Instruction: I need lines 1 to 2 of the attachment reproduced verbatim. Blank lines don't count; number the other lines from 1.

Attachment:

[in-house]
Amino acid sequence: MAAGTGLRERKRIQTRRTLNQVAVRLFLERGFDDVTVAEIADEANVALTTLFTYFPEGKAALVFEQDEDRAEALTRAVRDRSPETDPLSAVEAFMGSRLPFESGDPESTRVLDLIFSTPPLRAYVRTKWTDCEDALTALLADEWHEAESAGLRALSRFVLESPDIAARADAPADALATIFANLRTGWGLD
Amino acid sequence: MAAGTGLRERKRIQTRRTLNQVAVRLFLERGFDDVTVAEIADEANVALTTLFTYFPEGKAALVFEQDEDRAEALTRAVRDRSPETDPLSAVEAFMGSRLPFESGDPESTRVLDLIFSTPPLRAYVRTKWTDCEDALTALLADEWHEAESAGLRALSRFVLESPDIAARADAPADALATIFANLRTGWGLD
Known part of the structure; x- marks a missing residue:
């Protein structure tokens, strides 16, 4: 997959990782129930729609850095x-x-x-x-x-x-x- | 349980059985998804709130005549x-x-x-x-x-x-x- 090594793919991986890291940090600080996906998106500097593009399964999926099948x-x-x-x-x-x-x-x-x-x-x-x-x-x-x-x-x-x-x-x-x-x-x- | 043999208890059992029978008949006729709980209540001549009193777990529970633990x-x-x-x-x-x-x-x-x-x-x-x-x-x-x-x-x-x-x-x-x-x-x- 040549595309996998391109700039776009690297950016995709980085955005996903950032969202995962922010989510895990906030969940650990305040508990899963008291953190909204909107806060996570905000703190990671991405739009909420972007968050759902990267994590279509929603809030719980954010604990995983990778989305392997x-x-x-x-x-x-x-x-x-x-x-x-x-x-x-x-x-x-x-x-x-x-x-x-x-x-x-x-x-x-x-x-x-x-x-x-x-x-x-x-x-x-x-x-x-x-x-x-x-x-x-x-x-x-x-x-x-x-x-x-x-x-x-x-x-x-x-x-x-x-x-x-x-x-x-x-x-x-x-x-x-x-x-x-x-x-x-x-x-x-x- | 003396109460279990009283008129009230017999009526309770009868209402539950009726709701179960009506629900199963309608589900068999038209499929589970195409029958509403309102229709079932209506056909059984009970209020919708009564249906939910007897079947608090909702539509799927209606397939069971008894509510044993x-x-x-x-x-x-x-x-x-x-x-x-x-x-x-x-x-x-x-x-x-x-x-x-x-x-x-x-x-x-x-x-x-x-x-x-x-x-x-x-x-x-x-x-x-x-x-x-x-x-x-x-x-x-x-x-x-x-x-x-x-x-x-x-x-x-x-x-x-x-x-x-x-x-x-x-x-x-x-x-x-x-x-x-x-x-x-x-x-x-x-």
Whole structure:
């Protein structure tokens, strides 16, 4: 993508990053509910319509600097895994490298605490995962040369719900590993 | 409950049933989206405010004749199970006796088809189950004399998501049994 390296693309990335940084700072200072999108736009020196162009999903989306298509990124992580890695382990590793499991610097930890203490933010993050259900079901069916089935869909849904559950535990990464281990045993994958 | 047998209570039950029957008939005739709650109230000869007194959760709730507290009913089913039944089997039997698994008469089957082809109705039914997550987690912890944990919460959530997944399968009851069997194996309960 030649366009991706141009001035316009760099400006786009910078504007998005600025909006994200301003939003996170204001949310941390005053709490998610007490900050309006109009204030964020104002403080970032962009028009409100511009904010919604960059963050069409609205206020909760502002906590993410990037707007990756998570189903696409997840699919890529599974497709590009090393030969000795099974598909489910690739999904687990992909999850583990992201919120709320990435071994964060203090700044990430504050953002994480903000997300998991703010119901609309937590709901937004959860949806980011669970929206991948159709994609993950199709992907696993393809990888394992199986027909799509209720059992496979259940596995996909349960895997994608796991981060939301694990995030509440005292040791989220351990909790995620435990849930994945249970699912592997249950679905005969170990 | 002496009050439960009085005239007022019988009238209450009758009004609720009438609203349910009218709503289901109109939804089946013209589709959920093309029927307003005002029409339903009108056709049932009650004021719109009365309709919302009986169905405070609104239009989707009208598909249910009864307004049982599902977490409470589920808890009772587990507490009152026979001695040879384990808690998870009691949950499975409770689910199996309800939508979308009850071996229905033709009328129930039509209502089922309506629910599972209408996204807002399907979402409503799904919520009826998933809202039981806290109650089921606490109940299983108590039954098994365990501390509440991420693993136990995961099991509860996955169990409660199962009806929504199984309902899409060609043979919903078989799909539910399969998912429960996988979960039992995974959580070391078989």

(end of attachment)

[in-house]
Amino acid sequence: MAAGTGLRERKRIQTRRTLNQVAVRLFLERGFDDVTVAEIADEANVALTTLFTYFPEGKAALVFEQDEDRAEALTRAVRDRSPETDPLSAVEAFMGSRLPFESGDPESTRVLDLIFSTPPLRAYVRTKWTDCEDALTALLADEWHEAESAGLRALSRFVLESPDIAARADAPADALATIFANLRTGWGLD